By Douglas Schoen, ,
Published August 28, 2018
Monday night, President Trump announced Brett Kavanaugh as his nominee to replace Justice Anthony Kennedy, who announced his retirement late last month.
Within hours of the announcement, protestors arrived at the steps of the Supreme Court building in Washington, D.C., to protest the new nominee.
Democrats across the country, particularly those in traditionally red states, are facing what Senator Lindsey Graham, R-S.C., has called a “nightmare decision.”
Here is the tough decision those red state Democrats have to make: Either go along with the rest of the Democratic party to oppose the nominee and risk losing their own upcoming election, or support Kavanaugh and leave the Democrats short of the votes they may need.
Kavanaugh is perceived by many analysts to be less staunchly conservative than other judges on President Trump’s short list. Yet, on issues such as gun control and religious liberty, Kavanaugh would very likely side with the more conservative justices on the Court.
This dichotomy is what leaves Democrats running for reelection in red states with the tough choice.
Given that the Democratic party is already fractured and in a state of chaos, Democratic senators aren’t necessarily bound by one single ideology. For this reason, I expect many of them to vote in favor of the Republican nominee.
Now more than ever, Democrats must recognize that although we are in an age of political polarization, voting across party lines might actually benefit the party itself.
Moreover, Kavanaugh has made it clear he will follow precedent on prior Supreme Court rulings. When Senator Chuck Schumer, D-N.Y., asked about his views on Roe v. Wade during his 2006 D.C. Circuit confirmation hearing, Kavanaugh responded, “if confirmed to the D.C. Circuit, I would follow Roe v. Wade faithfully and fully. That would be binding precedent of the court. It's been decided by the Supreme Court. ... I'm saying if I were confirmed to the D.C. Circuit, senator, I would follow it. It's been reaffirmed many times."
His affirmation of following precedent perhaps makes red state Democrats view him as less dangerous to the party’s platform, and therefore easier to justify confirming to their Democratic base.
His support of legal precedent provides Democrats with some hope that he may support gay rights, abortion rights, and other liberal causes.
For these red state Democrats, confirming Kavanaugh could even garner them some Republican-leaning votes in their own states.
There is also the possibility, though, that far-left Democrats from deep blue states would condemn those senators who vote to confirm Kavanaugh, leading to an even greater divide within the Democratic party.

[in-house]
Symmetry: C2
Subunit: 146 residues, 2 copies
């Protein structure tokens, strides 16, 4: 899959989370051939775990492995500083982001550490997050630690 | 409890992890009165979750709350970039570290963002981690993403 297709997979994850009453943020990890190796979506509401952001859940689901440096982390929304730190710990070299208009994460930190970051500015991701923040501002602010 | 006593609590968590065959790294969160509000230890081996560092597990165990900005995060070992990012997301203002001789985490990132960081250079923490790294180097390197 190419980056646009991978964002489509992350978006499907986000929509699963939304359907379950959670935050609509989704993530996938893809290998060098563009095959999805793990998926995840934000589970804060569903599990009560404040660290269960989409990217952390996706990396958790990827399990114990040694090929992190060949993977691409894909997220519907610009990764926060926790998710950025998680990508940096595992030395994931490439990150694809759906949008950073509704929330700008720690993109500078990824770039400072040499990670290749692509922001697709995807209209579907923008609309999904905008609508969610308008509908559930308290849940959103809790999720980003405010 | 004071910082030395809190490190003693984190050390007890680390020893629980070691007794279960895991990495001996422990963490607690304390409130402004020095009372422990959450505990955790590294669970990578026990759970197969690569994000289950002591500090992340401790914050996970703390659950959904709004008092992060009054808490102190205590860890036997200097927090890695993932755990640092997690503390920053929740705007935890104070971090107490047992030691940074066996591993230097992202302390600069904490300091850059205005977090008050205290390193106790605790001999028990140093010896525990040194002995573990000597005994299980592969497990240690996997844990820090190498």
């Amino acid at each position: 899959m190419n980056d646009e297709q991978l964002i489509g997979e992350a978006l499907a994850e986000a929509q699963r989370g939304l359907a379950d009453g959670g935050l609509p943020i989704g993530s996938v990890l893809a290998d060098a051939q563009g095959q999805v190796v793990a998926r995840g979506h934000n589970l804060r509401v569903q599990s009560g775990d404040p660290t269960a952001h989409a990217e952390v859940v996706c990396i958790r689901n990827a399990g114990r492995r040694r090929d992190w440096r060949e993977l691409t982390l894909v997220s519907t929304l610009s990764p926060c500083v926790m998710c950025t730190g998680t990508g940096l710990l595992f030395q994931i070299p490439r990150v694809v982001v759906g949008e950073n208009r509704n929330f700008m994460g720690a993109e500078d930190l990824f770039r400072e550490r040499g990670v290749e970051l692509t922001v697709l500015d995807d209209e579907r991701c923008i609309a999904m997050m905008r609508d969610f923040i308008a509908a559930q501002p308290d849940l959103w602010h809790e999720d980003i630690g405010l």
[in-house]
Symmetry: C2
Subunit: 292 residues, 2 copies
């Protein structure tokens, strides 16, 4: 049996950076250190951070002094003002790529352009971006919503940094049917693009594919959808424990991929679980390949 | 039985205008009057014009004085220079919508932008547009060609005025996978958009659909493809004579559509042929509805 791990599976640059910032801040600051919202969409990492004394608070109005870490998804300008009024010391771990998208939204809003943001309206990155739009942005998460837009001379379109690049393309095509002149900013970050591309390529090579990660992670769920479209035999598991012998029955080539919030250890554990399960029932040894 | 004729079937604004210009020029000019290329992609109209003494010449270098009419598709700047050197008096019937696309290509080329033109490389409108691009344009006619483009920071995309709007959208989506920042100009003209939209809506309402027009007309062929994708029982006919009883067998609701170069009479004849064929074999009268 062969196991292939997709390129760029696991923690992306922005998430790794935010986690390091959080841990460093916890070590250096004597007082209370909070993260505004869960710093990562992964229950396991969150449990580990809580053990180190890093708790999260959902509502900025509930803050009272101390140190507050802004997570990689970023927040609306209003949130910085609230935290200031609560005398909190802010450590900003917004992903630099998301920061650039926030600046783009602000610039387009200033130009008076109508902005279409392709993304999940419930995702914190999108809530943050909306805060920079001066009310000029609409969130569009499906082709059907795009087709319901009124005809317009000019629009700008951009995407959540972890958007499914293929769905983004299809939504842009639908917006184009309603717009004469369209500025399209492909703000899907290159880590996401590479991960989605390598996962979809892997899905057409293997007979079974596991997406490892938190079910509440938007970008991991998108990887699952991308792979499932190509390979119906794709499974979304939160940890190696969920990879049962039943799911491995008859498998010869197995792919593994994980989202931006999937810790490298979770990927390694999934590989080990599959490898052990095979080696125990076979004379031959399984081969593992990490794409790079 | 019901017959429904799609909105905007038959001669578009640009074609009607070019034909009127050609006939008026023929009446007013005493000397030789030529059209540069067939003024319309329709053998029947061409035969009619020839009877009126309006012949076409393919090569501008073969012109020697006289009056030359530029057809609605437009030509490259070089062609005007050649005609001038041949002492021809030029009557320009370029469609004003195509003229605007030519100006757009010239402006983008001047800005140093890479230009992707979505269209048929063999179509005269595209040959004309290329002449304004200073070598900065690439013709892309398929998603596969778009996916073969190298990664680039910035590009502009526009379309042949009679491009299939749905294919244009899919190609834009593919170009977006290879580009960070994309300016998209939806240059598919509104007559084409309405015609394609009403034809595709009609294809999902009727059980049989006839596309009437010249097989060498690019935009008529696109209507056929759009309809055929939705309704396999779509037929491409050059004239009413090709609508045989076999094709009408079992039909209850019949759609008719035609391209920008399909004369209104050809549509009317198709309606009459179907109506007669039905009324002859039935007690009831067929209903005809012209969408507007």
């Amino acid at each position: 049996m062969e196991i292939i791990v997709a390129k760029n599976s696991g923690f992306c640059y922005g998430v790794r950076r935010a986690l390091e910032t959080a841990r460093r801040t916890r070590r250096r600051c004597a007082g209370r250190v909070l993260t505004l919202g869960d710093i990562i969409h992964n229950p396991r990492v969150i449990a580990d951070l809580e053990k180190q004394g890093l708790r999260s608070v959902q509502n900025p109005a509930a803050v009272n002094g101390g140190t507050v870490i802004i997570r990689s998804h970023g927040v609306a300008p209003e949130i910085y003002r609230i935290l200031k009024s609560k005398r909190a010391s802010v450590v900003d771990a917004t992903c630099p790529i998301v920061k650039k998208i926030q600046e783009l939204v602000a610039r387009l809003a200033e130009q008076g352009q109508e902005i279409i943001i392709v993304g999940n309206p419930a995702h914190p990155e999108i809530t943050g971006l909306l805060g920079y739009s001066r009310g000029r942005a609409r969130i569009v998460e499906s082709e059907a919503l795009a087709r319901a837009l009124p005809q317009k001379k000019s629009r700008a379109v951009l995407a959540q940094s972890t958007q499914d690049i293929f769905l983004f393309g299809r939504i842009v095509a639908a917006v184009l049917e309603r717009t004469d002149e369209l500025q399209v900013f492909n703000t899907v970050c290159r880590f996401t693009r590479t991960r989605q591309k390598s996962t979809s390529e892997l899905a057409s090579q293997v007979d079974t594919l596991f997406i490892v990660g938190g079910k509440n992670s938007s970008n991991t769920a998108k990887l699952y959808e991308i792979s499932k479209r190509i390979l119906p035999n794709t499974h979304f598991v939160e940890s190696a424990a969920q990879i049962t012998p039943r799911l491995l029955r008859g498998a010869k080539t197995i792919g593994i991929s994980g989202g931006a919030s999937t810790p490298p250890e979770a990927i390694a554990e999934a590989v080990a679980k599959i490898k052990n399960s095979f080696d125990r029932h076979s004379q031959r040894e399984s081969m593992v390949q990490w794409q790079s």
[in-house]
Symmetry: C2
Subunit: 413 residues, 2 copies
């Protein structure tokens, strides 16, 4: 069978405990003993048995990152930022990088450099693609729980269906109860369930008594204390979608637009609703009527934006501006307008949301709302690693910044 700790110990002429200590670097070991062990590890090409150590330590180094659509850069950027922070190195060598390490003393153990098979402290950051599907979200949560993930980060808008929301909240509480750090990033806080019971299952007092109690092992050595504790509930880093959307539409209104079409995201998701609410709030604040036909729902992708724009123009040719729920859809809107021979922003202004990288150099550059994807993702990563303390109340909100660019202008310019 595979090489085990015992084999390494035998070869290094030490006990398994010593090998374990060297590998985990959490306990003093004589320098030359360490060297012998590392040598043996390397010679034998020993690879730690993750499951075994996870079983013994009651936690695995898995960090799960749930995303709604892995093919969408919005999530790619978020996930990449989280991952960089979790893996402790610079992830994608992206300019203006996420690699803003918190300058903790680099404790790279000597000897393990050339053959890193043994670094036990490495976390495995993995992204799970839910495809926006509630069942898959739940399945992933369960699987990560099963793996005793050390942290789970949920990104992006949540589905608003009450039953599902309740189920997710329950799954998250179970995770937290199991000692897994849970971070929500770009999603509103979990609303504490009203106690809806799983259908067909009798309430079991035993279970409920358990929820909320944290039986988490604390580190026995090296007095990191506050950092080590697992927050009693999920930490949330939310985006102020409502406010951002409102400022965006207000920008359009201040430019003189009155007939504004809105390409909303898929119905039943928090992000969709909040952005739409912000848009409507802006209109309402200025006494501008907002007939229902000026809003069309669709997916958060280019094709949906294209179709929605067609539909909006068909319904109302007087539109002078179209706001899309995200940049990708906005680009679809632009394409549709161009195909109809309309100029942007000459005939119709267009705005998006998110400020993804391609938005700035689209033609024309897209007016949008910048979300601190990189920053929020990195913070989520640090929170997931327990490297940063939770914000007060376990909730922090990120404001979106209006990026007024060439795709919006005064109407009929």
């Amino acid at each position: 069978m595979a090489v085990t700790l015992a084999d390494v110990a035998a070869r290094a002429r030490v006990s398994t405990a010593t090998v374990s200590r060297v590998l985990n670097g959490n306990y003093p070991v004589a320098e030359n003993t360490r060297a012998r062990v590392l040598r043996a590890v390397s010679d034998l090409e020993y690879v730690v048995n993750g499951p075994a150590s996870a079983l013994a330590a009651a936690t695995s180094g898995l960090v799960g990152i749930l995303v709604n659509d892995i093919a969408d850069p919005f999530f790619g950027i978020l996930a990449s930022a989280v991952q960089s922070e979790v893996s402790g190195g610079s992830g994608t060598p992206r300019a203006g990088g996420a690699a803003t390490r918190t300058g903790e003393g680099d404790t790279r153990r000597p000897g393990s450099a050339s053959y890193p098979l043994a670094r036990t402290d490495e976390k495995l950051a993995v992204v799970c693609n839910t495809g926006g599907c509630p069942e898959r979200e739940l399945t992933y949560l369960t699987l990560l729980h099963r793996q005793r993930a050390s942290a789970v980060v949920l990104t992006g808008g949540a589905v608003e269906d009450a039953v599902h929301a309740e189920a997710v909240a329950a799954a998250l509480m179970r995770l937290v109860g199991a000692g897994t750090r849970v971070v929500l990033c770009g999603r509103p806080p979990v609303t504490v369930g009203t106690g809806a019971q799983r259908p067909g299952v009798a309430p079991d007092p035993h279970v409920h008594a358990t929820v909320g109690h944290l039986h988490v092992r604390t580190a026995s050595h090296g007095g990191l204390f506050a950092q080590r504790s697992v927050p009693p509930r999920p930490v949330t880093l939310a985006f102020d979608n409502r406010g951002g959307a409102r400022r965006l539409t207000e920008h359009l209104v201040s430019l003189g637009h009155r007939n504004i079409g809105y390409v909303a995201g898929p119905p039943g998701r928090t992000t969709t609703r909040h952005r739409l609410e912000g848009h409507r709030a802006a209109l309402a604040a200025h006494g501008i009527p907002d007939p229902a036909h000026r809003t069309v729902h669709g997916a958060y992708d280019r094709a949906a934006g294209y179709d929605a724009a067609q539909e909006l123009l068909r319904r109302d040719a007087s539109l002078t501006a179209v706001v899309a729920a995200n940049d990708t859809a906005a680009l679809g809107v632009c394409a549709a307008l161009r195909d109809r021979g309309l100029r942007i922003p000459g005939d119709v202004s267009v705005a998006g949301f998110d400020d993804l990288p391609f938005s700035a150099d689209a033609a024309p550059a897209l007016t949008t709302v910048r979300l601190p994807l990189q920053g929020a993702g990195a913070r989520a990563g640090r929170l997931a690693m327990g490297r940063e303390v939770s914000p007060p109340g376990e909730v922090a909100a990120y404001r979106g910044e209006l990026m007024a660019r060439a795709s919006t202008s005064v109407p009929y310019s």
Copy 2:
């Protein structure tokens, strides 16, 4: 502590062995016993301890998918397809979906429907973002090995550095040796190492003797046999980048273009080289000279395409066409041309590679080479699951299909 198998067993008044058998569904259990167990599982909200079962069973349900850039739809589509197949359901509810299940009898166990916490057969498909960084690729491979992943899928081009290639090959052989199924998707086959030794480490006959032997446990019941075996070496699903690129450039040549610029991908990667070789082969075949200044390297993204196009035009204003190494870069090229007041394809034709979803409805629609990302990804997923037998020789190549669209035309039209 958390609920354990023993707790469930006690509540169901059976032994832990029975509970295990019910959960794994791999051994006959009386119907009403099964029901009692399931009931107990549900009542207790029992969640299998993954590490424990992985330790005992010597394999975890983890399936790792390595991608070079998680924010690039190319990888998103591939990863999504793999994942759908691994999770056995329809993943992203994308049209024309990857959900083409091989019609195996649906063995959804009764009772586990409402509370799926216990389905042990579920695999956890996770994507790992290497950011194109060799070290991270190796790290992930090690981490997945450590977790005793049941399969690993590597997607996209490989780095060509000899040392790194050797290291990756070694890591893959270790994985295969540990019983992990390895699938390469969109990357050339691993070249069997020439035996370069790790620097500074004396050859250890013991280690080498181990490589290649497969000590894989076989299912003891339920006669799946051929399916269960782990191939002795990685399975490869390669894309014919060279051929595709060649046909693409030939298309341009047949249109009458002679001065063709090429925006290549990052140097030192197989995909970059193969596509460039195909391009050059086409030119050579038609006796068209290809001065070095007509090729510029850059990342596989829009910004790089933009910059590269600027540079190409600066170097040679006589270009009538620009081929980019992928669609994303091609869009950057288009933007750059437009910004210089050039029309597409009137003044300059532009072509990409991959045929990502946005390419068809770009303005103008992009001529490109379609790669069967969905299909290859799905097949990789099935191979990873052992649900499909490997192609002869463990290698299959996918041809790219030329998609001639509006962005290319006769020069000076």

If Democrats stand firm on opposing any Trump nominee, however, they run the risk of losing seats and perhaps even the chance of regaining a majority.
Ultimately, this is a lose-lose situation.
In 2017, when Neil Gorsuch faced confirmation for Justice Scalia’s seat, three Democrats voted yes: Joe Manchin, Joe Donnelly, and Heidi Heitkamp. Manchin represents West Virginia, Donnelly represents Indiana, and Heitkamp North Dakota.
All three are up for re-election in historically red states that Trump won easily. It behooves these three Democrats to once again vote across the aisle for their own sake to keep their Senate seats. Voting against Kavanaugh could very well give their Republican challengers the support they need to vote them out of office.
As an example, during the 2017 Gorsuch confirmation process, Democratic Senator Claire McCaskill of Missouri agonized before ultimately voting against him. Tellingly, her approval rating dropped by the year’s end in a state that President Trump won by a 20-point margin. Her opponent in this year’s election, Josh Hawley, has already released an ad saying McCaskill wants “liberals” on the Supreme Court.
As a Democrat running for reelection in a solid red state, McCaskill does not have the same freedom to oppose Kavanaugh with an election only months away.
The truth is, even if every Democrat votes against Kavanaugh, he will still be confirmed if no Republican votes against him. Democratic votes are more symbolic than necessary.
Which means that red state Democrats should vote to confirm Kavanaugh if they hope to stay in office. This is the only way Democrats maintain the ability to take back Congress.
Now more than ever, Democrats must recognize that although we are in an age of political polarization, voting across party lines might actually benefit the party itself. It is time to get behind Brett Kavanaugh and confirm his nomination to the Supreme Court.